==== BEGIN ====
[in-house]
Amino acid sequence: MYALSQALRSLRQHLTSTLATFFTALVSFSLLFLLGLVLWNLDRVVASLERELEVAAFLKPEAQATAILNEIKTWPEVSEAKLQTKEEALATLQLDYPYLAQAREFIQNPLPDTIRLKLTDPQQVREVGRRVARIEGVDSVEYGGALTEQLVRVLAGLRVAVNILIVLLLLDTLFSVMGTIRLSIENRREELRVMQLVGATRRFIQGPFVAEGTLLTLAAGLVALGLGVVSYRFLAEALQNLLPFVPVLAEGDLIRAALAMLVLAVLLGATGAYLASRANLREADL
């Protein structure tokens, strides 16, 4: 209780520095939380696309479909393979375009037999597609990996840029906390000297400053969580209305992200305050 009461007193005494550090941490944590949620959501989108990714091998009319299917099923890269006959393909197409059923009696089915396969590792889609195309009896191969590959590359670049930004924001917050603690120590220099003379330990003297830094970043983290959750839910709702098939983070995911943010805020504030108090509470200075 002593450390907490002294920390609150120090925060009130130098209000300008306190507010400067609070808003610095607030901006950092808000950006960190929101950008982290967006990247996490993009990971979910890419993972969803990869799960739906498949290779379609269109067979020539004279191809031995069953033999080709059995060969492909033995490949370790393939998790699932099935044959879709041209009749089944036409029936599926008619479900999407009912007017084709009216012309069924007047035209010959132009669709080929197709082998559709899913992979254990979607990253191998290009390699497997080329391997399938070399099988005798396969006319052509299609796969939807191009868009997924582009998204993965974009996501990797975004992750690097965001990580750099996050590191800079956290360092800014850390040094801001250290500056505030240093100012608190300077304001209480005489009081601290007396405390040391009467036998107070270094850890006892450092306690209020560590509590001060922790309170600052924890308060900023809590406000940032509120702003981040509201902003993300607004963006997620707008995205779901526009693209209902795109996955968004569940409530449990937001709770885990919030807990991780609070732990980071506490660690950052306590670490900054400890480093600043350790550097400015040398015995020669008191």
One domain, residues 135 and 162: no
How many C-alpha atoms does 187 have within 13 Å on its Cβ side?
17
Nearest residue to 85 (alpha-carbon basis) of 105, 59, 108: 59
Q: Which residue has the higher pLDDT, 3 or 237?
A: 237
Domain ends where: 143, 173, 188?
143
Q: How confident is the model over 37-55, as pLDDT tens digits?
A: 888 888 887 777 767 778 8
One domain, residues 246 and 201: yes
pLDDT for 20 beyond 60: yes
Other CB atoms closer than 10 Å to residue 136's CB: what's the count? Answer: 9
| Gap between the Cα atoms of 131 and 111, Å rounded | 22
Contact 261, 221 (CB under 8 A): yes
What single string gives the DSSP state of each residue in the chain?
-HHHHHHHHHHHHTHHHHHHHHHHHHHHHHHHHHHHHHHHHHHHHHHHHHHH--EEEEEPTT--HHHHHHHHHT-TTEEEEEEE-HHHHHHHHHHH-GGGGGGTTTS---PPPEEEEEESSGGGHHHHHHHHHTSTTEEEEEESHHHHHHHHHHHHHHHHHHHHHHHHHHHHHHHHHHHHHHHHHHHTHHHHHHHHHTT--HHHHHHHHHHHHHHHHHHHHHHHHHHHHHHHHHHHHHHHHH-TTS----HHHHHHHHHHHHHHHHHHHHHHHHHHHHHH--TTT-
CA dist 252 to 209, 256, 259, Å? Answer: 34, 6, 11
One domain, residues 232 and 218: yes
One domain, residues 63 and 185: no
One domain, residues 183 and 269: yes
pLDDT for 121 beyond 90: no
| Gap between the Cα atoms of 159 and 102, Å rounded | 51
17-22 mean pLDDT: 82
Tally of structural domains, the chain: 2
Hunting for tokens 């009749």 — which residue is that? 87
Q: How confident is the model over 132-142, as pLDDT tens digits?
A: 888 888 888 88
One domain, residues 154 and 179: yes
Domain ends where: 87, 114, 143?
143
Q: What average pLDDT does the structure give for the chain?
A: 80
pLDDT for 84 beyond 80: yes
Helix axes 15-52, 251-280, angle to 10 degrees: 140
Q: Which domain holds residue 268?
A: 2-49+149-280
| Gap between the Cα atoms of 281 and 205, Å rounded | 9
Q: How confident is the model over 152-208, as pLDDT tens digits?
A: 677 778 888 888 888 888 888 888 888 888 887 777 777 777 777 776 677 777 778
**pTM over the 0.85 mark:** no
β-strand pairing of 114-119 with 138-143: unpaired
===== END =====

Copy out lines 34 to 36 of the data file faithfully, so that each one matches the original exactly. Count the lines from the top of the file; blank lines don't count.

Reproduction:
143
Q: What average pLDDT does the structure give for the chain?
A: 80